Day 2 saw us leave Flinders Ranges behind at around 7am (we soon learnt this would be classed as a lay in!) as we headed north towards William Creek, the smallest ‘town’ I have ever visited with a population of approx 10 people! We made stops at Lyndhurst, an outdoor sculpture park, and Parachilna, home to some of the world’s oldest fossils, before driving for around 5 hours, following the old Ghan railway & overland telegraph line where we stopped for lunch at the town of Marree, right next to the Ghan station. Once we’d hit the famous Oodnadatta track we stopped at Lake Eyre, Australia’s largest salt lake, and tasted some of the well known salt water itself – be warned, it tastes every bit as salty as it sounds! Dinner was cooked and eaten round the campfire that evening, and the stars that shone above us as we settled into another night in our swags truly took my breath away. I got to really know my fellow campers a bit more that night as we played card games, exchanged travel stories and just generally embraced Australian Outback life.
Day 3: William Creek – Coober Pedy
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Australia's version of the Hollywood sign? ✅ The number one opal mining capital of the world? ✅ Welcome to COOBER PEDY 🔥 With temperatures reaching 50 degrees in the summer months, this place is one of the hottest towns on the planet 🌎 Unsurprisingly, pretty much everyone in Coober Pedy actually lives UNDERGROUND as the temperatures are so extreme! I stayed in an underground bunkhouse during my visit to the #Outback earlier this year and it was certainly an experience to remember 😱 Look out for my ultimate Outback travel guide coming soon on the blog… you won't want to miss it! 🇦🇺
After leaving teeny tiny William Creek behind we headed towards Coober Pedy, the opal capital of the world. Before arriving there though we admired the incredible desert landscapes as we drove straight through the iconic Red Centre and then passed by Anna Creek Station, the largest cattle station on the planet. After a long 6.5 hours of driving we finally arrived at Coober Pedy where we had a quick bus tour of the town and familiarised ourselves with our new home for the night. As Coober Pedy is incredibly hot, with temperatures reaching almost 50 degrees in the summer months, most of the houses and shops here are actually built underground as it is much cooler for people to live there. We went on a fascinating tour of the Coober Pedy mine and even tried our hand at ‘noodling’, or searching for opals in the sand. Afterwards we went to a local art gallery called Josephine’s which stocked Aboriginal paintings and doubled up as a kangaroo orphanage for rescued joey’s which were the cutest things I’ve ever seen! This evening we headed out for pizza (the only time on the tour we didn’t cook/wash up, hooray!) before making our way to the accommodation for the night, an underground bunkhouse with ACTUAL bunk-beds which felt like heaven after 2 nights of sleeping on the floor!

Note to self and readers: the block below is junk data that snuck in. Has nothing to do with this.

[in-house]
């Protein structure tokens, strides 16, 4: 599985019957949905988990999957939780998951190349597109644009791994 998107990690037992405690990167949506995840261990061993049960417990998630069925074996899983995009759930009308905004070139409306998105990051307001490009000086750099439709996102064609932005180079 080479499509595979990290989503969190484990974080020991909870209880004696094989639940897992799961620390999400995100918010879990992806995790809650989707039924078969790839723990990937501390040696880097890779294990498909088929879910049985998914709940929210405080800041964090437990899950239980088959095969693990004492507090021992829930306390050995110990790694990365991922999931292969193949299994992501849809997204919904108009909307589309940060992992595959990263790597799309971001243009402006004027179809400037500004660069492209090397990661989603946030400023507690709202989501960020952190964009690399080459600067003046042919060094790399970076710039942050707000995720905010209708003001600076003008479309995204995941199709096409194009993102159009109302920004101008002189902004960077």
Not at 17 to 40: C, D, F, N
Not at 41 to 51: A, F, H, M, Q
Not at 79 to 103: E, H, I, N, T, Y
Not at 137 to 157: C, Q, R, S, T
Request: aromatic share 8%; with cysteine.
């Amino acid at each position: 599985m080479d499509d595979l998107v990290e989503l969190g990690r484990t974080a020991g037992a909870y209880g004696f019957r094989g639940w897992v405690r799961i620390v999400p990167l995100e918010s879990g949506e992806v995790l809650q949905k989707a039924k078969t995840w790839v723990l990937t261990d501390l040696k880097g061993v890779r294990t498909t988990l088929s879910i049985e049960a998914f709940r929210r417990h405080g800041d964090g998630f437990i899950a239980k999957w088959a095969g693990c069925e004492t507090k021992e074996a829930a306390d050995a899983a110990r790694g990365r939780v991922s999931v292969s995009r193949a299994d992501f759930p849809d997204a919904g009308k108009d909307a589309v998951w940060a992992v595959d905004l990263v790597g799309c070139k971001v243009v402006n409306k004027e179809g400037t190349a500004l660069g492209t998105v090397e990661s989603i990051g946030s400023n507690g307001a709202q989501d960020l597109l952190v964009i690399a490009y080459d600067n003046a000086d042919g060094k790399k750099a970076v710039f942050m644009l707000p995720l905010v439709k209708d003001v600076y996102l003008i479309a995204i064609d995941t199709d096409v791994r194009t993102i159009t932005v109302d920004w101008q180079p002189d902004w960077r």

Day4: Coober Pedy – Yulara
As we were on our way out of Coober Pedy we made a quick stop at The Breakaways, one of the best natural landscapes I have EVER seen! This place was seriously stunning and reminded me so much of Arizona and Nevada in America, where you’d be forgiven for thinking that you’d stepped into the Grand Canyon or Mojave Desert and would expect to see a Western film being shot at any moment! After taking literally HUNDREDS of photos, with me and some of the girls having a full on photo shoot, we reluctantly made our way back to the coach for our longest day of driving yet (a solid 9 hours). Our journey took us across the Moon Plains and past the Dingo Fence, which is the largest fence in the world, and we stopped off for a selfie at the Northern Territory border, officially marking my third Australian state during my trip so far. Upon arrival at our camp in Yulara we made headed to Uluru, or Ayer’s Rock as it’s more commonly known, where we eagerly awaited a special sunset and had drinks and nibbles to pass the time. Unfortunately there was no sunset at all as it was super cloudy and started to get dark very quickly, so us and the hundreds of other people who were also there were somewhat let down! To pick us back up again though we headed back to camp where a wonderful BBQ dinner was prepared and we enjoyed a great night’s sleep in our permanent tented camps.
Day 5: Yulara – Uluru